Post # 1
My husband and I were married last year in a civil ceremony. I’m Catholic, he’s Jewish. We’re both committed to our faiths, but because of college, moving around, etc, do not have any ties to a church or synagogue. Initially, we made an effort to find a priest and rabbi to co-officiate our ceremony, but this proved impossible, so we went the civil route.
Now, I am working to arrange a Catholic convalidation ceremony for us – basically a small private ceremony officiated by a priest which makes our marriage recognized and blessed by the Catholic church. My question is, does such an option exist in the Jewish faith as well? As I mentioned, we do not belong to a synagogue and neither does his family, so I’m not sure what (if anything) we can do. I would love to show my husband that I am committed to honoring both of our faiths and having our marriage blessed by the Jewish faith as well as mine. If anyone has any experience/advice, please let me know!
Post # 3
what branch of judaism is your husband? there’s no equivalent of the convalidation, but if he’s reform no such thing is necessary. you would just need a simple ceremony with a ketubah and a chuppah, the only requirements for a jewish marriage. most conservative and orthodox rabbis would not consider what you have a jewish marriage or a jewish family, even if you have a ketubah or chuppah. they’re not usually keen on interfaith marriages. you need to talk to a rabbi (reform) to see what he/she thinks.
Post # 4
Would the Catholic church even recognize a marriage between a Catholic and a Jew? I don’t see that happening. There’s not really a ceremony like that in Judaism that I know of. There’s just the wedding and the auf ruf the Shabbat before.
However, I don’t know how I would feel, as a Jew, having my marriage blessed in the way that you’re wanting. As strict as the Catholic church is about this stuff, it’s a little…hmm…I don’t wanna say “anti-Judaism”….but it’s definitely not Kosher. There are plenty of Reform synagogues that welcome inter-faith couples, though, if that’s what you guys are wanting!
Post # 5
@kitzy: He’s reform, so we could do a reform jewish ceremony with a rabbi, but I wasn’t sure if that’s something couples do when they’re already married. I’m not sure how I feel about having a whole new wedding ceremony, but if that’s the only option I might look into it.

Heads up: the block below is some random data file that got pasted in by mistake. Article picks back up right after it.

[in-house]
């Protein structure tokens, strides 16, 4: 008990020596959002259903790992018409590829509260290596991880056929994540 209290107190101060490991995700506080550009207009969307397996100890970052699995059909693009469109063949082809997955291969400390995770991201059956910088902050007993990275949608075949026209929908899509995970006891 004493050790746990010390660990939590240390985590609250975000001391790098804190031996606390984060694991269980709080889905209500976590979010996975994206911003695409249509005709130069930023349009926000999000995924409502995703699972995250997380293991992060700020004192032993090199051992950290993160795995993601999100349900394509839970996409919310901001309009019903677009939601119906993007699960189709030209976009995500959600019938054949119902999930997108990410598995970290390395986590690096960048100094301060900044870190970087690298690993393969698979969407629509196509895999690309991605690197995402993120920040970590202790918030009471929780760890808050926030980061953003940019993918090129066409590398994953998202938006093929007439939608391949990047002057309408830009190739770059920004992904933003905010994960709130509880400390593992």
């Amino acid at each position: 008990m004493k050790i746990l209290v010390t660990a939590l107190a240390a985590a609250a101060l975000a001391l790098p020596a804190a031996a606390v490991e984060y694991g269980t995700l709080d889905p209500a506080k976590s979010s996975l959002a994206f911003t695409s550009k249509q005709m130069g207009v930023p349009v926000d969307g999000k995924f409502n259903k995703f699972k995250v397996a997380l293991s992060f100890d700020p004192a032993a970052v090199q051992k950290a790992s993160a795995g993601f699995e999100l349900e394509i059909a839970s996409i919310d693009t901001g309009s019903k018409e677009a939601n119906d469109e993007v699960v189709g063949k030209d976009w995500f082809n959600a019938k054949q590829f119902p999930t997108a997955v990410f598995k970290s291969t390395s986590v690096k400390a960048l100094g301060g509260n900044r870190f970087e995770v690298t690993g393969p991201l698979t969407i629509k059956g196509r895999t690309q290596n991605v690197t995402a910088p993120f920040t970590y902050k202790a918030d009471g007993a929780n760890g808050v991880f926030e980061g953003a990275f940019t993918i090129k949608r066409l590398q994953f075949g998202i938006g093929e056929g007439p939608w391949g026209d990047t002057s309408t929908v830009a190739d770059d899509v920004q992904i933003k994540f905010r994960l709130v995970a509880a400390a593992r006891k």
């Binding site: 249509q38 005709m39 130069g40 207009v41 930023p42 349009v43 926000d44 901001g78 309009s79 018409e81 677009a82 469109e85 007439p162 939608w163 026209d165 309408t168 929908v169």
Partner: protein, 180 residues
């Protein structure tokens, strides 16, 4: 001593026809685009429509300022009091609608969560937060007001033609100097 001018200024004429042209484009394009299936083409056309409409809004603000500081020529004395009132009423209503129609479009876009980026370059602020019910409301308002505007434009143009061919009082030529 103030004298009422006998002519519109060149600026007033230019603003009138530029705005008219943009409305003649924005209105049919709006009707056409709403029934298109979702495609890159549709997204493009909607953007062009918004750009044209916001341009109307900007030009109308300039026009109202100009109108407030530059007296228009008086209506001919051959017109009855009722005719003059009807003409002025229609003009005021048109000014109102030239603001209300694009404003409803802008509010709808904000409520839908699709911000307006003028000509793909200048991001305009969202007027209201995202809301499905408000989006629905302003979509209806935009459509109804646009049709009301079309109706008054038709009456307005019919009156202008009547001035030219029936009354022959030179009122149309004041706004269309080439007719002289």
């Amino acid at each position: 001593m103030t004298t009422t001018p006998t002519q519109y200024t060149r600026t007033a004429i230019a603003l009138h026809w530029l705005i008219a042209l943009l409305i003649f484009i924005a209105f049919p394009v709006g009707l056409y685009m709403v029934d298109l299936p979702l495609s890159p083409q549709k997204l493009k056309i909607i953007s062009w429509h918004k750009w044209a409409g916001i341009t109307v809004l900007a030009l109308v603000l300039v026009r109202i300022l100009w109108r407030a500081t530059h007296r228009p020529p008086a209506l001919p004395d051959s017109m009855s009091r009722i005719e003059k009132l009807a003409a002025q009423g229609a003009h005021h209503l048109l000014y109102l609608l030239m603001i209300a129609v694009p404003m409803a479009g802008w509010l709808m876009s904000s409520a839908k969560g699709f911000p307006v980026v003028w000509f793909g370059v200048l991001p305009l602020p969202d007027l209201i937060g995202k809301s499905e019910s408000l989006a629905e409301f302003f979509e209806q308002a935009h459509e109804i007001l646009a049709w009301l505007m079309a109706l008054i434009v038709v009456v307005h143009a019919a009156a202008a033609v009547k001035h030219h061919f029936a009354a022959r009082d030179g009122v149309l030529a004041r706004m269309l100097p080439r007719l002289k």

@MissHoneyBun: It’s actually pretty common in the Catholic church. They differentiate between sacramental marriage (2 catholics) and non-sacramental marriage (mixed couples), but they certainly recognize mixed marriages. Do you mean that as a Jew you wouldn’t want your marriage blessed in the Catholic church or in a synagogue? Or either? DH isn’t excited for the convalidation, but he definitely understands why it’s important and supports me. This is why I wanted to do a Jewish ceremony as well, so we can honor his traditions as well as mine.
Post # 6
Ahh…I didn’t know there were non-sacramental convalidations. I meant I wouldn’t want my marriage blessed in a Catholic church. Then again I wouldn’t marry a non-Jew, so that takes care of that. I can understand why he isn’t excited about it. I would compare it to a baptism. Not Kosher. BUT–if it’s your church recognizing it as an interfaith marriage, then that eases it up a little.
And no, I don’t think a rabbi would want to do a chuppah ceremony with a couple that’s already married. Jews don’t even have rehearsals (traditionally) because time under the chuppah together is sacred. You do that ceremony once (well, you’re supposed to). You could ask, but I’ve never heard of that happening.